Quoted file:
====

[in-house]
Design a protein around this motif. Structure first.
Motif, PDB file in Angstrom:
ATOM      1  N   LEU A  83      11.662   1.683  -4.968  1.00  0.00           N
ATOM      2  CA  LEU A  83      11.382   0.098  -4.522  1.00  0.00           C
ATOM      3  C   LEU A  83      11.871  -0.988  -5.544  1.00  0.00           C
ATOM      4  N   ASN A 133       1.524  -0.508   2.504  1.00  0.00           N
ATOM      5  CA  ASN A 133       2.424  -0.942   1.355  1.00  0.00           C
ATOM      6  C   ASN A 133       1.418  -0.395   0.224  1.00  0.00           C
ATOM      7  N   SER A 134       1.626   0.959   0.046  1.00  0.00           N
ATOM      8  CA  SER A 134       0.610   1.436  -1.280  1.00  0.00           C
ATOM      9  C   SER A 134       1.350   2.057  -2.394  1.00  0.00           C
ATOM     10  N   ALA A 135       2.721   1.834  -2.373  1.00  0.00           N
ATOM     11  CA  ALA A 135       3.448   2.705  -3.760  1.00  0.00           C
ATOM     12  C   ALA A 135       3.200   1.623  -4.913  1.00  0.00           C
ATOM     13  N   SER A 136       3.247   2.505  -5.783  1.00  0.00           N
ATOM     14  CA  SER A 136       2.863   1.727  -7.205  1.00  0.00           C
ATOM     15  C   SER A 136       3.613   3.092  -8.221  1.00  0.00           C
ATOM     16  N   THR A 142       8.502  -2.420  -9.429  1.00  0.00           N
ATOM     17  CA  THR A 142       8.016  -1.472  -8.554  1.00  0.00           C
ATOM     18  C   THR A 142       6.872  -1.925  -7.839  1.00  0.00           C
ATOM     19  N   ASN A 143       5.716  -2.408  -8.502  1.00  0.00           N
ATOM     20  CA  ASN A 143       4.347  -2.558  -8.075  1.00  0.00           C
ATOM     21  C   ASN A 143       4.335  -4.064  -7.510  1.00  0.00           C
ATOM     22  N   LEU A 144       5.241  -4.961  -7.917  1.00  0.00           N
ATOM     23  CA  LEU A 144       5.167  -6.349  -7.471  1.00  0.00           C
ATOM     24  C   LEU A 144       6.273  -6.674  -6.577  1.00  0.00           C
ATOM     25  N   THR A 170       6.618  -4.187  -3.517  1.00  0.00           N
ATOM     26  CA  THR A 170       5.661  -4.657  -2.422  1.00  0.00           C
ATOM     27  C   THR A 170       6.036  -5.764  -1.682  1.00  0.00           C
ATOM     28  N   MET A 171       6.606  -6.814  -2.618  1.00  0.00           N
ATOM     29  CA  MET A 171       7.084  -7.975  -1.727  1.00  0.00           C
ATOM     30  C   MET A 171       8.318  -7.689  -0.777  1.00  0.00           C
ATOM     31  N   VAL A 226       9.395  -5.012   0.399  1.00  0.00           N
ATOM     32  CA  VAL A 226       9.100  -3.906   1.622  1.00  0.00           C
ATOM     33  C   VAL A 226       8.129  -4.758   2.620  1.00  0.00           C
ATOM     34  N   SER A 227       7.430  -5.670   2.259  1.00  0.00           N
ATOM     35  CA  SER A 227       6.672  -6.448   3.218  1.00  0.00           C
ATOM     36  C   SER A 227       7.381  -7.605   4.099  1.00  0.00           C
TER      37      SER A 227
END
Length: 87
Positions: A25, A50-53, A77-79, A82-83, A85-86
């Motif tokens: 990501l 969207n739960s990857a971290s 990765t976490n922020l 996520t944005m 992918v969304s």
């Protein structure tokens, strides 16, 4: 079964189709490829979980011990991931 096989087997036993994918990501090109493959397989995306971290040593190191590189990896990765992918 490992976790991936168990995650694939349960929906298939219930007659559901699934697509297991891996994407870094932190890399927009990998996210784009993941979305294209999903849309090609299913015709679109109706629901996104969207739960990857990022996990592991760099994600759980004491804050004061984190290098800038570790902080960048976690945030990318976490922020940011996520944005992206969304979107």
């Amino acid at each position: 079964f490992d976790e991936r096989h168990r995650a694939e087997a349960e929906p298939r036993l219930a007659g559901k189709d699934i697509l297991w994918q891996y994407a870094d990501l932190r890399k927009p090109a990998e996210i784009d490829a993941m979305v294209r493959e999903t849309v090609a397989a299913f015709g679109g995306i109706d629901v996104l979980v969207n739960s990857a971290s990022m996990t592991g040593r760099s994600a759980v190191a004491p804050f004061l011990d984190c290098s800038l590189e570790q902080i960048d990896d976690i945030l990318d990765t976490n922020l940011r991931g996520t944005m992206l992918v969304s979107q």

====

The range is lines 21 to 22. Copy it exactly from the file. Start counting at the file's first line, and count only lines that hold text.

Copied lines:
ATOM     18  C   THR A 142       6.872  -1.925  -7.839  1.00  0.00           C
ATOM     19  N   ASN A 143       5.716  -2.408  -8.502  1.00  0.00           N